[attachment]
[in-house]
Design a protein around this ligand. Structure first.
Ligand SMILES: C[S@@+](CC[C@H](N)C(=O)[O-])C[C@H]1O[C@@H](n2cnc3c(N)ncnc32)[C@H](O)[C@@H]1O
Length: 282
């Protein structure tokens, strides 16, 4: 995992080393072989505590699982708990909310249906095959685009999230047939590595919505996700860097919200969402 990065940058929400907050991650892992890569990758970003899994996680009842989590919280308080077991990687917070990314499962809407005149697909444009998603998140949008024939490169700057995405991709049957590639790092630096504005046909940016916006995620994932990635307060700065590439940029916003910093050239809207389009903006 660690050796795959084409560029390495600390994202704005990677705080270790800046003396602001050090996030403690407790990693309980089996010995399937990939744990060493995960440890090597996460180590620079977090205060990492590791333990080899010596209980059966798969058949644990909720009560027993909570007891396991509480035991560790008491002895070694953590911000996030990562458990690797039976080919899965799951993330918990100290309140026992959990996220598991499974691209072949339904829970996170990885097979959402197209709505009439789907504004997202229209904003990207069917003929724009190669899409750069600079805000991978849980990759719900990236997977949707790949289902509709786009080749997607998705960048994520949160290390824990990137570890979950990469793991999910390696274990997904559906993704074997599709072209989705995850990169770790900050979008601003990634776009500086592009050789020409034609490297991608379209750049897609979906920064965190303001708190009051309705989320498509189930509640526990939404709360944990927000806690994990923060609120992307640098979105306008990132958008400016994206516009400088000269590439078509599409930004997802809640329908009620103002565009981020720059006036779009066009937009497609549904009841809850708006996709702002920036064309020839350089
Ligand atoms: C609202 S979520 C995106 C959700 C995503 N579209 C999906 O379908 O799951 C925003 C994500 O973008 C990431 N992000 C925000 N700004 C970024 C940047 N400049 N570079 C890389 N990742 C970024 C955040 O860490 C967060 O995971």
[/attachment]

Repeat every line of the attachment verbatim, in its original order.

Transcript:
[in-house]
Design a protein around this ligand. Structure first.
Ligand SMILES: C[S@@+](CC[C@H](N)C(=O)[O-])C[C@H]1O[C@@H](n2cnc3c(N)ncnc32)[C@H](O)[C@@H]1O
Length: 282
């Protein structure tokens, strides 16, 4: 995992080393072989505590699982708990909310249906095959685009999230047939590595919505996700860097919200969402 990065940058929400907050991650892992890569990758970003899994996680009842989590919280308080077991990687917070990314499962809407005149697909444009998603998140949008024939490169700057995405991709049957590639790092630096504005046909940016916006995620994932990635307060700065590439940029916003910093050239809207389009903006 660690050796795959084409560029390495600390994202704005990677705080270790800046003396602001050090996030403690407790990693309980089996010995399937990939744990060493995960440890090597996460180590620079977090205060990492590791333990080899010596209980059966798969058949644990909720009560027993909570007891396991509480035991560790008491002895070694953590911000996030990562458990690797039976080919899965799951993330918990100290309140026992959990996220598991499974691209072949339904829970996170990885097979959402197209709505009439789907504004997202229209904003990207069917003929724009190669899409750069600079805000991978849980990759719900990236997977949707790949289902509709786009080749997607998705960048994520949160290390824990990137570890979950990469793991999910390696274990997904559906993704074997599709072209989705995850990169770790900050979008601003990634776009500086592009050789020409034609490297991608379209750049897609979906920064965190303001708190009051309705989320498509189930509640526990939404709360944990927000806690994990923060609120992307640098979105306008990132958008400016994206516009400088000269590439078509599409930004997802809640329908009620103002565009981020720059006036779009066009937009497609549904009841809850708006996709702002920036064309020839350089
Ligand atoms: C609202 S979520 C995106 C959700 C995503 N579209 C999906 O379908 O799951 C925003 C994500 O973008 C990431 N992000 C925000 N700004 C970024 C940047 N400049 N570079 C890389 N990742 C970024 C955040 O860490 C967060 O995971």